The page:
David Bourget (Western Ontario)
David Chalmers (ANU, NYU)
Rafael De Clercq
Jack Alan Reynolds
Learn more about PhilPapers
Behavioral and Brain Sciences 19 (3):538-542 (1996)
Viewed from a first-person perspective consciousness appears to be necessary for complex, novel human activity - but viewed from a third-person perspective consciousness appears to play no role in the activity of brains, producing a "causal paradox". To resolve this paradox one needs to distinguish consciousness of processing from consciousness accompanying processing or causing processing. Accounts of consciousness/brain causal interactions switch between first- and third-person perspectives. However, epistemically, the differences between first- and third-person access are fundamental. First- and third-person accounts are complementary and mutually irreducible.
|Keywords||No keywords specified (fix it)|
|Categories||categorize this paper)|
Setup an account with your affiliations in order to access resources via your University's proxy server
Configure custom proxy (use this if your affiliation does not provide a proxy)
|Through your library|
References found in this work BETA
No references found.
Citations of this work BETA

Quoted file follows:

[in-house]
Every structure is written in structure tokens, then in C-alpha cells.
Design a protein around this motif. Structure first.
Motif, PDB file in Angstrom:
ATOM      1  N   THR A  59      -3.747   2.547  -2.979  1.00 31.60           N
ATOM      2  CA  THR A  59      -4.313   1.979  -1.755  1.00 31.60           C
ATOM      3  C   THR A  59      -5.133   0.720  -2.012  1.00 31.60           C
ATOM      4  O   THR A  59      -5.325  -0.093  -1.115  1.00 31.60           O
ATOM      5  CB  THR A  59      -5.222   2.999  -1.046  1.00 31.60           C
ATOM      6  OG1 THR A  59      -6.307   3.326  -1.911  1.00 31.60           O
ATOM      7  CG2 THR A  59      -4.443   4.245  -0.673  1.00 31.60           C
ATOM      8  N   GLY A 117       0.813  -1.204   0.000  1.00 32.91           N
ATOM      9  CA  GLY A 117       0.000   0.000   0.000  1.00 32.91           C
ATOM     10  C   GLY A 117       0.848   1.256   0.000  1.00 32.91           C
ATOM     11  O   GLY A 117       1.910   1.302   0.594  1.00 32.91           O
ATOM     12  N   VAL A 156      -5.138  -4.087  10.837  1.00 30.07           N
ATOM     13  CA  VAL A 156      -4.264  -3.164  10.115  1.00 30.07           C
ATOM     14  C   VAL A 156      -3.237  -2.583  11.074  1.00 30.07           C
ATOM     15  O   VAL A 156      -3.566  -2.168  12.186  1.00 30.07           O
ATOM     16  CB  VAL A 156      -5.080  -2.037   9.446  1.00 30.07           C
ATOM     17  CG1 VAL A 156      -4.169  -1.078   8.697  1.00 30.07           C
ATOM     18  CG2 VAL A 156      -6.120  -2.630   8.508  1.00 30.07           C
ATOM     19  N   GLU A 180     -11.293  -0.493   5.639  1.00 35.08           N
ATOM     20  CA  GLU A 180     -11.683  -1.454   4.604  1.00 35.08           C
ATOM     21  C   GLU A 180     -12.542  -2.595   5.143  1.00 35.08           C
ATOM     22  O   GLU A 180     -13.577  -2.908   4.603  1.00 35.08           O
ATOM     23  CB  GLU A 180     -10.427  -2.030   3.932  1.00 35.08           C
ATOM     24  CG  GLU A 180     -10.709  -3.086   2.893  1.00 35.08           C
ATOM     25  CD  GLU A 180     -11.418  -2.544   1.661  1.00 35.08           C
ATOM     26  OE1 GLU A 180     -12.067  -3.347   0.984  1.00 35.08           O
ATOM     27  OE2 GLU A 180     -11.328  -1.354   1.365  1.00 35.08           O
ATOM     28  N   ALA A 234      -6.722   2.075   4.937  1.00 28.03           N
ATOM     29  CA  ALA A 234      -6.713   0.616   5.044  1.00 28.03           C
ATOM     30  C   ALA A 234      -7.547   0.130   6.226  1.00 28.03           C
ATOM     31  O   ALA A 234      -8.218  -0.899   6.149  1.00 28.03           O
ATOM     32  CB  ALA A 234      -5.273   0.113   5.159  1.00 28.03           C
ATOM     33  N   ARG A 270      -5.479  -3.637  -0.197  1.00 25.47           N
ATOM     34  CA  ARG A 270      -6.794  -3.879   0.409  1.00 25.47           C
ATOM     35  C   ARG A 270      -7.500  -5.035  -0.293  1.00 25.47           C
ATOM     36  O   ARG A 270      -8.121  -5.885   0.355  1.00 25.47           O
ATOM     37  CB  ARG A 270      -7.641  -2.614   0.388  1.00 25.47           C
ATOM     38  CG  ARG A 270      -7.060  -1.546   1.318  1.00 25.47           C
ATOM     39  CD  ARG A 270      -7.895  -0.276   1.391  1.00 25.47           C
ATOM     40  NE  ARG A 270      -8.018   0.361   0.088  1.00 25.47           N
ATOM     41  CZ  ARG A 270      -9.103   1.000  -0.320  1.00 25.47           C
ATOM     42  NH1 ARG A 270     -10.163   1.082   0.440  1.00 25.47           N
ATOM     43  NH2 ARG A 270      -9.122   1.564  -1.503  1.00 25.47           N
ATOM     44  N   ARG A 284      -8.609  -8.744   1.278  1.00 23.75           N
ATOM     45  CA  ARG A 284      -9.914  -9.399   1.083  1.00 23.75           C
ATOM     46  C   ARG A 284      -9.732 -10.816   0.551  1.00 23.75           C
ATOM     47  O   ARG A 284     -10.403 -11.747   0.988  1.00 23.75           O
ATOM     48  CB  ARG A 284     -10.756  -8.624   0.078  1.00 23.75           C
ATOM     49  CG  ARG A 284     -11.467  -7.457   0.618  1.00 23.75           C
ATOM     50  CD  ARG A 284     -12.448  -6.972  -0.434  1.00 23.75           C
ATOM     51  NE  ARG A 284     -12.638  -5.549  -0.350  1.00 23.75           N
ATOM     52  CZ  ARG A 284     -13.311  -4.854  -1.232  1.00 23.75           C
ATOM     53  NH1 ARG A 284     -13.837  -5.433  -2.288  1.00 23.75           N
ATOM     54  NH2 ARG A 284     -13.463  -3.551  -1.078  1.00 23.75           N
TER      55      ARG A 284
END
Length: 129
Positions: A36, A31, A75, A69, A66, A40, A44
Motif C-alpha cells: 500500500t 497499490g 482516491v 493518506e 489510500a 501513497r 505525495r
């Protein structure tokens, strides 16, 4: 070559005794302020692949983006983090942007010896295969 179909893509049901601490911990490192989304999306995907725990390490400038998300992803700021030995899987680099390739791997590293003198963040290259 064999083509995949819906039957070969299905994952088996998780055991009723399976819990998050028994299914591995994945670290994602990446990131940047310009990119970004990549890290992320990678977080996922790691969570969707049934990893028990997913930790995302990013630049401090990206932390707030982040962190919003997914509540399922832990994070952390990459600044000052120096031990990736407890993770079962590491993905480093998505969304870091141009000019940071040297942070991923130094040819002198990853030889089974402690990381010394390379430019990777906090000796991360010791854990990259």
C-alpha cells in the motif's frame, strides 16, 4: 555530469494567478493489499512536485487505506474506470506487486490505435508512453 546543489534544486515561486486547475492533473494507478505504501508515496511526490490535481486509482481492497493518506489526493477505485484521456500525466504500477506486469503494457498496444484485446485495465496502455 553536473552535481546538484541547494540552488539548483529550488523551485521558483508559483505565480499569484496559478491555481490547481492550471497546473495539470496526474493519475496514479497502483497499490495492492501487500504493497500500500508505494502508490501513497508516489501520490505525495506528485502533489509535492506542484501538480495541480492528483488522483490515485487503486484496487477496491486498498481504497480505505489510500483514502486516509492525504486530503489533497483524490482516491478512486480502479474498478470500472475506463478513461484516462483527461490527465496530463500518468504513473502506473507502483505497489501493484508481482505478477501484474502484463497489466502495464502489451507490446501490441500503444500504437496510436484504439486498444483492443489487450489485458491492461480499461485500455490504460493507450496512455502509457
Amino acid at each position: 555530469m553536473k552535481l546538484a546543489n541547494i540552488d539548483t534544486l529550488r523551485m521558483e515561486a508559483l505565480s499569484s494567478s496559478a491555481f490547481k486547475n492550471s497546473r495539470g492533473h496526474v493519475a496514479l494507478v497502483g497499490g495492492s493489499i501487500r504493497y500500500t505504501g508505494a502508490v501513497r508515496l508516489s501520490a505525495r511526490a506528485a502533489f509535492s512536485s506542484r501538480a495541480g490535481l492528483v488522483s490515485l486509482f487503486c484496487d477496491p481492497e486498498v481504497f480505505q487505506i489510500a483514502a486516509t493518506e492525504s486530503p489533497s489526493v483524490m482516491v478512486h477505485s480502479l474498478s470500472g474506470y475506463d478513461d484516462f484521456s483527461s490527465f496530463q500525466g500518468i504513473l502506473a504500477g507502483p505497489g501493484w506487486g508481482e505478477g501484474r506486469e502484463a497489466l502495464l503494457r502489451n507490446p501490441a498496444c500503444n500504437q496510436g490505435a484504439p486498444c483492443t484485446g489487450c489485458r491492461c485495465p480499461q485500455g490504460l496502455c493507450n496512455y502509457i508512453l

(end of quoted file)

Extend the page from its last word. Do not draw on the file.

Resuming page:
No citations found.
Similar books and articles
Lynne Rudder Baker (2007). Naturalism and the First-Person Perspective. In Georg Gasser (ed.), How Successful is Naturalism? Publications of the Austrian Ludwig Wittgenstein Society. Ontos Verlag.
Max Velmans (1995). The Limits of Neuropsychological Models of Consciousness. Behavioral and Brain Sciences 18 (4):702-703.
Prof Max Velmans (2007). How to Separate Conceptual Issues From Empirical Ones in the Study of Consciousness. In Rahul Banerjee & Bikas Chakrabarti (eds.), [Book Chapter] (in Press). Elsevier.
John F. Crosby (1993). The Personhood of the Human Embryo. Journal of Medicine and Philosophy 18 (4):399-417.
Max Velmans (2009). Understanding Consciousness, Edition 2. Routledge/Psychology Press.
John Barresi (2007). Consciousness and Intentionality. Journal of Consciousness Studies 14 (1-2):77-93.
Max Velmans (1999). When Perception Becomes Conscious. British Journal of Psychology 90 (4):543-566.
Max Velmans (1998). Goodbye to Reductionism: Complementary First and Third-Person Approaches to Consciousness. In Stuart R. Hameroff, Alfred W. Kaszniak & A. C. Scott (eds.), Toward a Science of Consciousness II. MIT Press. 2--45.
Added to index2009-01-28
Total downloads18 ( #109,352 of 1,692,643 )
Recent downloads (6 months)1 ( #181,401 of 1,692,643 )
How can I increase my downloads?